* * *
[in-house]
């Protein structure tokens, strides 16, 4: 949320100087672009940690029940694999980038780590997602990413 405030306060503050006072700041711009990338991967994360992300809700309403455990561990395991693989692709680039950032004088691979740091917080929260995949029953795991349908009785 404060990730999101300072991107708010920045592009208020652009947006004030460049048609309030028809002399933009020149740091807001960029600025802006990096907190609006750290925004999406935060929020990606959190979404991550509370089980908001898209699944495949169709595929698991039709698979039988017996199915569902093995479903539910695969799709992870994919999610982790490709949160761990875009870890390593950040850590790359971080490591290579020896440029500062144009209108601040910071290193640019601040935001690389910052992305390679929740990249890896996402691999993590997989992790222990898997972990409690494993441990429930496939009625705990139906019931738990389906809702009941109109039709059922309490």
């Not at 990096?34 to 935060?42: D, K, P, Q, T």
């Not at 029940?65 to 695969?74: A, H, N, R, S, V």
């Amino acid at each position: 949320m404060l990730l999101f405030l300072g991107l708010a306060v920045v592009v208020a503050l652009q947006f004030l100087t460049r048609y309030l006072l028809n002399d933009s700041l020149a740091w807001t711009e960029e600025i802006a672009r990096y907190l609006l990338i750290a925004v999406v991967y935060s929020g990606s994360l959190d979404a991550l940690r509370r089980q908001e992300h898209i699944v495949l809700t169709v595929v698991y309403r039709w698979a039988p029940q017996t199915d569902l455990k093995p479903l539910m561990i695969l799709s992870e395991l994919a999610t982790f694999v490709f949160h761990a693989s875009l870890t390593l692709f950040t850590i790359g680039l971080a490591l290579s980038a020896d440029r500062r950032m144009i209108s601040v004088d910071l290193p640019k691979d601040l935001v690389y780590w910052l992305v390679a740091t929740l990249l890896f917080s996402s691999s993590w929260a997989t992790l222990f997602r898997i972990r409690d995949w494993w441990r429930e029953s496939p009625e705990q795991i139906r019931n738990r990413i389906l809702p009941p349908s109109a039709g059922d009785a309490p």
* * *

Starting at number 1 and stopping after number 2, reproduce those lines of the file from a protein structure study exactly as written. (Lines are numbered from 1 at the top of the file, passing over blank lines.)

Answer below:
[in-house]
């Protein structure tokens, strides 16, 4: 949320100087672009940690029940694999980038780590997602990413 405030306060503050006072700041711009990338991967994360992300809700309403455990561990395991693989692709680039950032004088691979740091917080929260995949029953795991349908009785 404060990730999101300072991107708010920045592009208020652009947006004030460049048609309030028809002399933009020149740091807001960029600025802006990096907190609006750290925004999406935060929020990606959190979404991550509370089980908001898209699944495949169709595929698991039709698979039988017996199915569902093995479903539910695969799709992870994919999610982790490709949160761990875009870890390593950040850590790359971080490591290579020896440029500062144009209108601040910071290193640019601040935001690389910052992305390679929740990249890896996402691999993590997989992790222990898997972990409690494993441990429930496939009625705990139906019931738990389906809702009941109109039709059922309490």